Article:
Clarifying these definitions is also key to understanding some of the data and argument around college sexual assaults. The author argues that if “more than 35 percent said they did not report the incident because they were unclear as to whether a crime was committed or that harm was intended”, then it should be seriously questioned whether these incidents were actually sexual assault. The researchers were clear to state that based on what the respondents reported, they did experience an attempted or completed sexual assault, but they weren’t sure if they should report it to the police. Is it possible that this means the incidents weren’t that serious? Yes, it is possible, but I would venture to say that anyone who works with victims of sexual assault or domestic violence would tell you that there is another, much more likely, explanation. If a guy you like and have been flirting with has sex with you at a party after you have passed out, was it sexual assault? If your wife tells you she’s going to leave you and take the kids if you don’t have sex with her and then you do, was it sexual assault? If your boyfriend forces you to have sex to prove you love him, but never hits or threatens you, was it sexual assault? Even people who are objectively looking at these situations may not be sure (despite Colorado law being fairly clear that they would all be sexual assault). How much more confusing might it be to be the actual person in these situations, who have conflicting feelings about this other person mixed with doubt and shame. The fact that 35% women who experience sexual assault in college weren’t sure if they should have reported an incident says much more about our society’s confusion over what is and isn’t okay in a sexual relationship than it does about the seriousness of their experience.
This article is correct that, despite recent attention, college campus sexual assaults are not the majority of sexual assaults across our country. Children, immigrants, Native Americans, and women in the military are all at higher risk of sexual assault than women in college. The lack of attention these populations receive is more than frustrating to people serving those communities and has been a valid criticism coming from groups like Black Feminists since the 1970s. But while advocates and activists working with marginalized populations are crying for more attention and funding, it seems unlikely that they would use this as an argument to stop bringing light to sexual violence in colleges and universities. Not doing everything right is not an excuse to not do anything. This would be a great political argument by conservatives IF they were trying to pass bills to fund sexual assault centers in Alaska and on reservations. Some media attention and funding is a lot better than none.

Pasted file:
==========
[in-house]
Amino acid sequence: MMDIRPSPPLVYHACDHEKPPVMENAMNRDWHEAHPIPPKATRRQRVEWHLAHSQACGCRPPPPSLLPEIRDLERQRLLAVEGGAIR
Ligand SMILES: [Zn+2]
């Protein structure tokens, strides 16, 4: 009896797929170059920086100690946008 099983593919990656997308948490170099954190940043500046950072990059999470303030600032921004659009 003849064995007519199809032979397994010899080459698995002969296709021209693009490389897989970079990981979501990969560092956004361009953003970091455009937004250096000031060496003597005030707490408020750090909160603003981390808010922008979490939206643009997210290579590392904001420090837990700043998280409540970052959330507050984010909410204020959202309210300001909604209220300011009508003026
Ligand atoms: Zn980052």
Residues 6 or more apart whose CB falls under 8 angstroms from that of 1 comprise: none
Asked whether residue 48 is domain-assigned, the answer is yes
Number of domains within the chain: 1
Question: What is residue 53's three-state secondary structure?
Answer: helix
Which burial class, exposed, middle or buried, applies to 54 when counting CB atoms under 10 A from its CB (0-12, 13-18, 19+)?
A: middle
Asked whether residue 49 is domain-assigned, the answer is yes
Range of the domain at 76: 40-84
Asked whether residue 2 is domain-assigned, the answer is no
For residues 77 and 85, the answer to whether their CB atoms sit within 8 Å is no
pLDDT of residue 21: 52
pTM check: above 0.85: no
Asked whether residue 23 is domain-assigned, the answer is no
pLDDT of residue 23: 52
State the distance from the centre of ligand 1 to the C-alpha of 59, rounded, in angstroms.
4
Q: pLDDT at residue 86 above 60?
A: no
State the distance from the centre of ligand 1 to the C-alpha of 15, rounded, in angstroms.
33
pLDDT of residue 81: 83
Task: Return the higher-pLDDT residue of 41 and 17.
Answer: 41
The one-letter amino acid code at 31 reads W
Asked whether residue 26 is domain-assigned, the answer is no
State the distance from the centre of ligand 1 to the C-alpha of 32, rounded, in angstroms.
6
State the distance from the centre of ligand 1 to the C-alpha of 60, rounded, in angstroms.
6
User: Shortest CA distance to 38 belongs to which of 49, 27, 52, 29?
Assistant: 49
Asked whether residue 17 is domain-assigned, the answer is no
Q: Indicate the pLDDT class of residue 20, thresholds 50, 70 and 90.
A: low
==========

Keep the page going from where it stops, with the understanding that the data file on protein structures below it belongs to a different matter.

While I can understand the author’s frustration and logic in his arguments, what I see as his misplaced conclusions are my evidence of that “rape culture” that he describes so dismissively. Citing the greatest of all academic sources – Wikipedia – rape culture is defined as “a culture in which rape is pervasive and normalized due to societal attitudes about gender, sex, and sexuality”. A society that suggests the best (or easiest) way for women to avoid being raped is to not drink at parties normalizes the behaviors of rapists. This is not to be confused with condoning rape, as I don’t think the majority of liberals or conservatives think rape is okay, but assumes that it is expected (or normal) for some members of the population to engage in sexually violent behavior. If a behavior is normal then we expect others who struggle with or are affected by it to adjust their own behavior. If a behavior is abnormal, we expect that behavior to change. Harm reduction, like watching what you drink at a party, is a valid means of protecting one’s self, but it does nothing to stop sexual assault. As a society, it should not just be our goal to make sure I’m not the one who might be raped tonight but to make sure no one is being raped tonight. If 237,868 people (age 12 or older) are victims of sexual assault each year – approximately one every 2 minutes – how can we not call this a national problem? The Center for Disease Control considers an epidemic to be “the occurrence of more cases of disease than expected in a given area or among a specific group of people over a particular period of time”. Our numbers are going down and good work is being done, but the epidemic is far from over.